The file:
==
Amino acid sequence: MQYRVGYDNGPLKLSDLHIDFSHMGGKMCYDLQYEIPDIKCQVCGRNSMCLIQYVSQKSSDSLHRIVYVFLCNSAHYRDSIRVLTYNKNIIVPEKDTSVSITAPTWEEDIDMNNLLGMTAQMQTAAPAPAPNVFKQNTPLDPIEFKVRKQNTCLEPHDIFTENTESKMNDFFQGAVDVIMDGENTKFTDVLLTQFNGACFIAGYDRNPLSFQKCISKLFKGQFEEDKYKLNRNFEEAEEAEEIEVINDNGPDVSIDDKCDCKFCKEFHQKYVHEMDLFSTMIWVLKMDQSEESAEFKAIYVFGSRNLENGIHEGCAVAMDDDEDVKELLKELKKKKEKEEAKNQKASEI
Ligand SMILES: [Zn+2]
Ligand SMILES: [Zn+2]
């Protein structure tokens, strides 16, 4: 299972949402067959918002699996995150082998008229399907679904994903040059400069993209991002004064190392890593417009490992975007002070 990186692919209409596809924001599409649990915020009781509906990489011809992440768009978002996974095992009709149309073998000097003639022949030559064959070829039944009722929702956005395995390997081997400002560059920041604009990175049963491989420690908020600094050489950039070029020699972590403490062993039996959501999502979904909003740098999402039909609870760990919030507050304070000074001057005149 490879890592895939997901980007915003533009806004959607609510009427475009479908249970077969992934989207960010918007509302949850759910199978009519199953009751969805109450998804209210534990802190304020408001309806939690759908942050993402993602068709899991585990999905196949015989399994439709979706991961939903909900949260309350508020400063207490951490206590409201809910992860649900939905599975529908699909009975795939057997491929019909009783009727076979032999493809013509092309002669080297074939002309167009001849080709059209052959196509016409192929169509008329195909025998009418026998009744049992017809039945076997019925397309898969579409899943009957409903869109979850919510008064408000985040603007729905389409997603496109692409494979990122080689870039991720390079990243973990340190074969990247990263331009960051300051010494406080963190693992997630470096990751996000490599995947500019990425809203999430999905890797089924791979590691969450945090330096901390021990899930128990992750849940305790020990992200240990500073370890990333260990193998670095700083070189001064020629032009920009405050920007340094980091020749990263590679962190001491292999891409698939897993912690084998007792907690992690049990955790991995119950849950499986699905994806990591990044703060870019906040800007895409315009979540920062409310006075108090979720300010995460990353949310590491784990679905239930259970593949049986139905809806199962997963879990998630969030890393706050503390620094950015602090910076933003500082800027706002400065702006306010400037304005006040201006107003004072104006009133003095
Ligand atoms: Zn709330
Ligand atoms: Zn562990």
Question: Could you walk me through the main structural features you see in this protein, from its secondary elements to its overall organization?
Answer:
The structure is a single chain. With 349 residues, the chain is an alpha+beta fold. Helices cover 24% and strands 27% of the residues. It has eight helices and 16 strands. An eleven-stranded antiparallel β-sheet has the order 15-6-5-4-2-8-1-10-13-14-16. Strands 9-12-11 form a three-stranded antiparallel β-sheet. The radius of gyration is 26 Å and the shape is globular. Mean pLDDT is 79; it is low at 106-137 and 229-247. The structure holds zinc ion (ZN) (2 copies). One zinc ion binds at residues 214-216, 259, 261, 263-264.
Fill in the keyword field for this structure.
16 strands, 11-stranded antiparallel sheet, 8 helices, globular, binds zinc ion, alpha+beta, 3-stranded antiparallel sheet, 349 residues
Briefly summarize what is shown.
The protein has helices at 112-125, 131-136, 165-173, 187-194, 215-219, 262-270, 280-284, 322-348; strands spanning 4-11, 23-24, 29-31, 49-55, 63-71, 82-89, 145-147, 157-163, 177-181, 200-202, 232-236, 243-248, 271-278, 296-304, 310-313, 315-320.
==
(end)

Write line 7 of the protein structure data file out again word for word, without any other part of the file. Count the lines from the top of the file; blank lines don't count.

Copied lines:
Question: Could you walk me through the main structural features you see in this protein, from its secondary elements to its overall organization?